There has also been a failure to innovate, in contrast to neighbouring countries on the Continent also engaged in the generation and transmission of wind energy from and via the North Sea. Were the UK to seriously rectify these shortcomings, it could seize the huge opportunity to create sustainable energy and counteract climate change through wind power. This could be done efficiently and responsibly with respect to the environment and to onshore communities that are increasingly being blighted by the present proliferation of coastal landing points, long cable corridors and massive substations. This can be achieved through investment in coordinated infrastructure solutions for offshore transmission to and from the UK National Grid, enabled through the application of innovative technologies from which UK would greatly benefit by becoming a world leader.
SASES believes there is an urgent need to invest in the transmission system for renewable energy generated offshore, principally offshore wind, to stop the unsustainable, environmentally damaging, uncoordinated, inefficient and long-term uneconomic approach which is currently being taken by National Grid and the energy sector.
The Present Situation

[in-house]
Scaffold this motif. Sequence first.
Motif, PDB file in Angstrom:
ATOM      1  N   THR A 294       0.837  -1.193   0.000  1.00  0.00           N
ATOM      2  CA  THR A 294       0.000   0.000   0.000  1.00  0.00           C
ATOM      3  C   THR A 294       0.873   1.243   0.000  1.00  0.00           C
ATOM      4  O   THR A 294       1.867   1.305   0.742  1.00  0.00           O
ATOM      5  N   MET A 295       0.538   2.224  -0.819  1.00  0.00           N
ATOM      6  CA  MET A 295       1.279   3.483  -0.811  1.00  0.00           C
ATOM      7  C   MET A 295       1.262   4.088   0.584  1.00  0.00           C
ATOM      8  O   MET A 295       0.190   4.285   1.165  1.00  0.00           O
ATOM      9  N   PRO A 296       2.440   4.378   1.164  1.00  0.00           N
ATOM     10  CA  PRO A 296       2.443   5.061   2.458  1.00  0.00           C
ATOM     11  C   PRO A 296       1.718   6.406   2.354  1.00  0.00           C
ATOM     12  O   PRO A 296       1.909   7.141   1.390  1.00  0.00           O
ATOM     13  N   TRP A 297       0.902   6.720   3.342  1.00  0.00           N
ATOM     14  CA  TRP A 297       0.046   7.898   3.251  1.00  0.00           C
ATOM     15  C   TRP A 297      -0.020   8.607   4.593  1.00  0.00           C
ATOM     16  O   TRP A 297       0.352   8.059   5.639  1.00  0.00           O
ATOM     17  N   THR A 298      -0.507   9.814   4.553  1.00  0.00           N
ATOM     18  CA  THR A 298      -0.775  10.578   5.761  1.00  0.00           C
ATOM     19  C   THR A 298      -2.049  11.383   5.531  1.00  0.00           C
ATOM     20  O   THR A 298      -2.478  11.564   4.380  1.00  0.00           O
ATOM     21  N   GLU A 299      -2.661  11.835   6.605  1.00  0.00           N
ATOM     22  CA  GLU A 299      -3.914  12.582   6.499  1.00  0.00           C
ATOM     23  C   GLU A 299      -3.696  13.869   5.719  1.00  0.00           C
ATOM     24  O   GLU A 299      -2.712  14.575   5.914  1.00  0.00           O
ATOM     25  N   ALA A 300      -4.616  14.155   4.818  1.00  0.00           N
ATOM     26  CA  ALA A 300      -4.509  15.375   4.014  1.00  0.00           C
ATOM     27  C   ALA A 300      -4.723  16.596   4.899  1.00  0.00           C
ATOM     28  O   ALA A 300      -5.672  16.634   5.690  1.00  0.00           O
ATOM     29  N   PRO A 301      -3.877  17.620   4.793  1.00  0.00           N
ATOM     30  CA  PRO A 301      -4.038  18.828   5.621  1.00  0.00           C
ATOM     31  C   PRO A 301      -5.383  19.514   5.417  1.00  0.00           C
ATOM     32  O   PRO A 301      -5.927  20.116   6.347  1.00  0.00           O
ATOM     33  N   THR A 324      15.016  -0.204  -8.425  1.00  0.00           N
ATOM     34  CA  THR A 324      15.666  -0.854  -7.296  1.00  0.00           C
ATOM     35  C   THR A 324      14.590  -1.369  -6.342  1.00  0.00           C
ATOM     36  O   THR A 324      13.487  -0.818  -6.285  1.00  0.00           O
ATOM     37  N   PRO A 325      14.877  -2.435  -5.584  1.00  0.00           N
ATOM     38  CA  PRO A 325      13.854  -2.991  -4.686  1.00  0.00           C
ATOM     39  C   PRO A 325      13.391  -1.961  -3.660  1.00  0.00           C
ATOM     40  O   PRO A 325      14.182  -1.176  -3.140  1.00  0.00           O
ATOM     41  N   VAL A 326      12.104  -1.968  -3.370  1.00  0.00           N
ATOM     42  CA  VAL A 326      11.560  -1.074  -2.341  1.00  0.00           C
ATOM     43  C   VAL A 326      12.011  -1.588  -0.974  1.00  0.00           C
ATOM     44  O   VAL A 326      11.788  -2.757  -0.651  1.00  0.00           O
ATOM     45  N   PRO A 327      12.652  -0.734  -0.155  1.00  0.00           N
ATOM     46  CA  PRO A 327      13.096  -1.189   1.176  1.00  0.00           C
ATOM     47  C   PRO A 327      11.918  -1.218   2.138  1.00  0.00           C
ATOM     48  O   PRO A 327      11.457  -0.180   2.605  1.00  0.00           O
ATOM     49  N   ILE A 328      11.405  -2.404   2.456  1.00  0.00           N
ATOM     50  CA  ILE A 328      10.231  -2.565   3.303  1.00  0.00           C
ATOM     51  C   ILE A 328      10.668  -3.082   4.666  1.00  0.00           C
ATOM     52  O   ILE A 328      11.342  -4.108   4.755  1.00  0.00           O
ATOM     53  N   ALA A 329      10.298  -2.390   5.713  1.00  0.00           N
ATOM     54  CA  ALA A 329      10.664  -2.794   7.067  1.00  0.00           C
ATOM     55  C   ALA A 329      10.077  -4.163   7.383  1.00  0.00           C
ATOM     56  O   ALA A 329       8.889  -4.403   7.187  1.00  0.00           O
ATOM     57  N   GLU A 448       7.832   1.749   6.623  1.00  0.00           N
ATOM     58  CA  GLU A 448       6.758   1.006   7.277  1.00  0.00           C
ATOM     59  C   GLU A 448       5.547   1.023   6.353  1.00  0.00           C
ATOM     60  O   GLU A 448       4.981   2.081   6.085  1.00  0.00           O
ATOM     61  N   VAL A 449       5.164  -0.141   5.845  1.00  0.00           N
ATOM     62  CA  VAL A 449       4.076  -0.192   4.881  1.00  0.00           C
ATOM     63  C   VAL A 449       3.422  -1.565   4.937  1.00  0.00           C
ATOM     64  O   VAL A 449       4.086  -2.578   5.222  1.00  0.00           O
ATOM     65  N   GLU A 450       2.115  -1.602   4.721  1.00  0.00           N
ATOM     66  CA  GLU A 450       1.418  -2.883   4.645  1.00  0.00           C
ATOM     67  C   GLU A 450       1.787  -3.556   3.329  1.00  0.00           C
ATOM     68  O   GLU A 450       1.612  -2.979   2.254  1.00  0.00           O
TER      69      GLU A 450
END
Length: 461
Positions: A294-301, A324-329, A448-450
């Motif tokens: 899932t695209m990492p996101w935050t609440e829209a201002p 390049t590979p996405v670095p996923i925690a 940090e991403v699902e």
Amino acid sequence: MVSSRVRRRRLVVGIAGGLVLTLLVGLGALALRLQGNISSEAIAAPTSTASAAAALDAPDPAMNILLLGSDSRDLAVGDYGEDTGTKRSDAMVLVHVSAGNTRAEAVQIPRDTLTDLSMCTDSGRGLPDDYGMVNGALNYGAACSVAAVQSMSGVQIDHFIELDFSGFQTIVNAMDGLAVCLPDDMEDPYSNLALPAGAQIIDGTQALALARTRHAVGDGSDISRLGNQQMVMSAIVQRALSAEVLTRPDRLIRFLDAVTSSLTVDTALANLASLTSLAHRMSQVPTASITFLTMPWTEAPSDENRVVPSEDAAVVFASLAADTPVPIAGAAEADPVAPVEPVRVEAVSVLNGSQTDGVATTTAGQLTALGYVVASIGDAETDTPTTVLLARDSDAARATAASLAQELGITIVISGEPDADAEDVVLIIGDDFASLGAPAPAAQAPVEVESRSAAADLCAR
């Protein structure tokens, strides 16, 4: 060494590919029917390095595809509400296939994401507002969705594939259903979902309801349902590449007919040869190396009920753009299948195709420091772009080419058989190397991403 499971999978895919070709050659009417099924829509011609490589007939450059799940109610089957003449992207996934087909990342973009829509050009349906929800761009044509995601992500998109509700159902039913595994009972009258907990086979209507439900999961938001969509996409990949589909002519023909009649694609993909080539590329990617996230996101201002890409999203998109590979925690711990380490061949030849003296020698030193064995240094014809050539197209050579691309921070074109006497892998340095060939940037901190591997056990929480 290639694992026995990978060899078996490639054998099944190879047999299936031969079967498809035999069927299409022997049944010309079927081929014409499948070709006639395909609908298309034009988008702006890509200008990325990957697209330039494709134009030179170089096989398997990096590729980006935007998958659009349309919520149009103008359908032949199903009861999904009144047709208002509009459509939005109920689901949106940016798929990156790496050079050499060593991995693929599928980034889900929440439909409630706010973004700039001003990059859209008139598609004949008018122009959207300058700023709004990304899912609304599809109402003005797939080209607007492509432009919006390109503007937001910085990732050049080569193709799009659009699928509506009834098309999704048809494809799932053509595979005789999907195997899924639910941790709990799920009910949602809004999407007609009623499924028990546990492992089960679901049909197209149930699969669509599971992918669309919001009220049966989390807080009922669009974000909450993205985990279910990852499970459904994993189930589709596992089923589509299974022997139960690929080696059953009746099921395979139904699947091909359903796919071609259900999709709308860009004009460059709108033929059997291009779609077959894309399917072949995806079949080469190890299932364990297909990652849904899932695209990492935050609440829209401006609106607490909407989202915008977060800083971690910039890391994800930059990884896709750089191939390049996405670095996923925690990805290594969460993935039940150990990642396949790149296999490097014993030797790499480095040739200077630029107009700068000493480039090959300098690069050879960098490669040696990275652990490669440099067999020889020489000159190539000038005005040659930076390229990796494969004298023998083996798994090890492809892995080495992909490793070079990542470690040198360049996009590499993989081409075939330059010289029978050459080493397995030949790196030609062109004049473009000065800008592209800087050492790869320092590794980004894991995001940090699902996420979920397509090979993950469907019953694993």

National Grid and the offshore wind developers have failed to strategically plan and invest in the transmission infrastructure needed both onshore and offshore to deliver the power generated offshore to the parts of the UK where it is required. This is despite the need for such a strategic plan and investment being identified at least 10 years ago, and the introduction of Ofgem regulatory policies intended to encourage the emergence of independent OFTOs (Offshore Transmission Operators) to plan and develop coordinated transmission infrastructure which would serve multiple offshore wind developers. This Ofgem policy has conspicuously failed, leading to the present situation in which each wind farm developer has to develop and build its own transmission infrastructure. This is inevitably causing unnecessary environmental damage onshore, not least because the onshore infrastructure (including substations) required to support wind farms has become increasingly large as the generation capacity of offshore wind farms has increased. The current approach is unsustainable and may well prevent the UK achieving its 2050 net zero carbon targets.